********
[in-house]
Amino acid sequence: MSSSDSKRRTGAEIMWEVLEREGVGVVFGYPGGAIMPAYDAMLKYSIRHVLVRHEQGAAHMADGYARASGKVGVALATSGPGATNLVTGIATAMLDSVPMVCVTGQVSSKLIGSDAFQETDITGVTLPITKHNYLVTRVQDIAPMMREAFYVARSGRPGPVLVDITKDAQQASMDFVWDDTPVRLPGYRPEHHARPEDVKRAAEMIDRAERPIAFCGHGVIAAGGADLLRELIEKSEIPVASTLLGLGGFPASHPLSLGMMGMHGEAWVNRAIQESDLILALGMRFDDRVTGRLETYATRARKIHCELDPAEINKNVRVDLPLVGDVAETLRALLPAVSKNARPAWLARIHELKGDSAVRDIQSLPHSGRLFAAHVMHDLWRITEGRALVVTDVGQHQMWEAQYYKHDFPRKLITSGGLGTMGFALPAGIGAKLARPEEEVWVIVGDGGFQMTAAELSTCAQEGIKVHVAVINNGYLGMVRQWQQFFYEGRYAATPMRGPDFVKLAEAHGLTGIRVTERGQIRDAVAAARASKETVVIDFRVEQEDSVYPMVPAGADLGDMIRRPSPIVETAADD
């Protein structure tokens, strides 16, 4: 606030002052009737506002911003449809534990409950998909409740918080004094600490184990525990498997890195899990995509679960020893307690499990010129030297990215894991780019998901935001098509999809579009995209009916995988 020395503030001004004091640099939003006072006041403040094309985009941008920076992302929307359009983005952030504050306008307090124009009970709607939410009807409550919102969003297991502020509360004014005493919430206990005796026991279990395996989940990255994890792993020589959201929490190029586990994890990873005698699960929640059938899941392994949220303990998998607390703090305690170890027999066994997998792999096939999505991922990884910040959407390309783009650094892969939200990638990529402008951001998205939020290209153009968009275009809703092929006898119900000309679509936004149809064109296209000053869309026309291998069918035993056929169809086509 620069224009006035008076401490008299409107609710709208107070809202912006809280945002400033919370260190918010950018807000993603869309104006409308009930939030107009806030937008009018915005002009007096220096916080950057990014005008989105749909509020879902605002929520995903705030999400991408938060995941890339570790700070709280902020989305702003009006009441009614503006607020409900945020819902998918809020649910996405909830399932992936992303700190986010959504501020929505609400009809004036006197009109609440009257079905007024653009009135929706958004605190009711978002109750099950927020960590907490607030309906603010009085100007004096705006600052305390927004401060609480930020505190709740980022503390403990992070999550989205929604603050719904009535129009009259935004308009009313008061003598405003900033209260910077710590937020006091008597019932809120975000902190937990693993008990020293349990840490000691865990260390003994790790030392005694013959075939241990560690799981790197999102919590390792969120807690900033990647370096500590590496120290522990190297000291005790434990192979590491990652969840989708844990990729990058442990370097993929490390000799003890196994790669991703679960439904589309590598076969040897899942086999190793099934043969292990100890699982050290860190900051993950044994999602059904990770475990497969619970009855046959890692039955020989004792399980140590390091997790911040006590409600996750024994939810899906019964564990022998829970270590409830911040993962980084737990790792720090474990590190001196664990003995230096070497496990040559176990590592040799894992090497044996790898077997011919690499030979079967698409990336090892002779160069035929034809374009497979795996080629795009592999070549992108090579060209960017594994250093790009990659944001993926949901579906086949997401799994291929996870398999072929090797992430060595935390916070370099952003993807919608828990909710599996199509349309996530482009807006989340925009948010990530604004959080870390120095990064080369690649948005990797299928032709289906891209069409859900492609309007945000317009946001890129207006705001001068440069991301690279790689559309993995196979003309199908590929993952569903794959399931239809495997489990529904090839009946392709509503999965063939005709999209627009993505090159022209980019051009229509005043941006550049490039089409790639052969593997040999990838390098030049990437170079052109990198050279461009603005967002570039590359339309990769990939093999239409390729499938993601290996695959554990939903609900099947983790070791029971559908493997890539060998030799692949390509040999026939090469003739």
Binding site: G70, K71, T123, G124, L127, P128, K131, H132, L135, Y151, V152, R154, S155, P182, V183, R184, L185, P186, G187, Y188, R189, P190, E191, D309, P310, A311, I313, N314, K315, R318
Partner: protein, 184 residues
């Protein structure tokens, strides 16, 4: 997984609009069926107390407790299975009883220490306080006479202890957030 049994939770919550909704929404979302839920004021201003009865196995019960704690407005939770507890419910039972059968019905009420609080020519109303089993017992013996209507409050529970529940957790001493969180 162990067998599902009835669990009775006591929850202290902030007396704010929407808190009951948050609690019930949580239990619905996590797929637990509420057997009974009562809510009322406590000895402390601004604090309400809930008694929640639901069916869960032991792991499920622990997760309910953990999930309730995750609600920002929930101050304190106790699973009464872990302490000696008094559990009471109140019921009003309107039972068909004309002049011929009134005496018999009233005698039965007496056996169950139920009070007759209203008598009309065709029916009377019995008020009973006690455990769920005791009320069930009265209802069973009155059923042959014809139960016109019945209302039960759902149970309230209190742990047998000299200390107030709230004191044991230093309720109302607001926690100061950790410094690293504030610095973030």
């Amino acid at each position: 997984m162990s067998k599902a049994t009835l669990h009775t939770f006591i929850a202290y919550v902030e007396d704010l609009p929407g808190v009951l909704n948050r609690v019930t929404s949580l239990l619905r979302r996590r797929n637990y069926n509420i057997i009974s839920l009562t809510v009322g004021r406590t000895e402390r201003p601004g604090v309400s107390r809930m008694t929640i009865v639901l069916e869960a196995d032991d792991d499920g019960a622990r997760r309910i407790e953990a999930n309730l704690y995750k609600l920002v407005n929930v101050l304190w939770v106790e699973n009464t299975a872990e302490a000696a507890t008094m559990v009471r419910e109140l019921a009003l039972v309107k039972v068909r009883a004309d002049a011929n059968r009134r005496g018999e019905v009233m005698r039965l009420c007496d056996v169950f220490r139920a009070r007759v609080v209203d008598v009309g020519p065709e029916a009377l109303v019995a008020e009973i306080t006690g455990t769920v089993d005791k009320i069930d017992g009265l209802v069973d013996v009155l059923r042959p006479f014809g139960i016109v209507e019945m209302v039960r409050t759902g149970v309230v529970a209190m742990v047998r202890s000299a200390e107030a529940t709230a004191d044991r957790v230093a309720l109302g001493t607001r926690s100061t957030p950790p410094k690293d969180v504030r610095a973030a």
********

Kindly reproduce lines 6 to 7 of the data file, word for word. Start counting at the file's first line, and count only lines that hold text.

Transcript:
């Protein structure tokens, strides 16, 4: 997984609009069926107390407790299975009883220490306080006479202890957030 049994939770919550909704929404979302839920004021201003009865196995019960704690407005939770507890419910039972059968019905009420609080020519109303089993017992013996209507409050529970529940957790001493969180 162990067998599902009835669990009775006591929850202290902030007396704010929407808190009951948050609690019930949580239990619905996590797929637990509420057997009974009562809510009322406590000895402390601004604090309400809930008694929640639901069916869960032991792991499920622990997760309910953990999930309730995750609600920002929930101050304190106790699973009464872990302490000696008094559990009471109140019921009003309107039972068909004309002049011929009134005496018999009233005698039965007496056996169950139920009070007759209203008598009309065709029916009377019995008020009973006690455990769920005791009320069930009265209802069973009155059923042959014809139960016109019945209302039960759902149970309230209190742990047998000299200390107030709230004191044991230093309720109302607001926690100061950790410094690293504030610095973030």
């Amino acid at each position: 997984m162990s067998k599902a049994t009835l669990h009775t939770f006591i929850a202290y919550v902030e007396d704010l609009p929407g808190v009951l909704n948050r609690v019930t929404s949580l239990l619905r979302r996590r797929n637990y069926n509420i057997i009974s839920l009562t809510v009322g004021r406590t000895e402390r201003p601004g604090v309400s107390r809930m008694t929640i009865v639901l069916e869960a196995d032991d792991d499920g019960a622990r997760r309910i407790e953990a999930n309730l704690y995750k609600l920002v407005n929930v101050l304190w939770v106790e699973n009464t299975a872990e302490a000696a507890t008094m559990v009471r419910e109140l019921a009003l039972v309107k039972v068909r009883a004309d002049a011929n059968r009134r005496g018999e019905v009233m005698r039965l009420c007496d056996v169950f220490r139920a009070r007759v609080v209203d008598v009309g020519p065709e029916a009377l109303v019995a008020e009973i306080t006690g455990t769920v089993d005791k009320i069930d017992g009265l209802v069973d013996v009155l059923r042959p006479f014809g139960i016109v209507e019945m209302v039960r409050t759902g149970v309230v529970a209190m742990v047998r202890s000299a200390e107030a529940t709230a004191d044991r957790v230093a309720l109302g001493t607001r926690s100061t957030p950790p410094k690293d969180v504030r610095a973030a």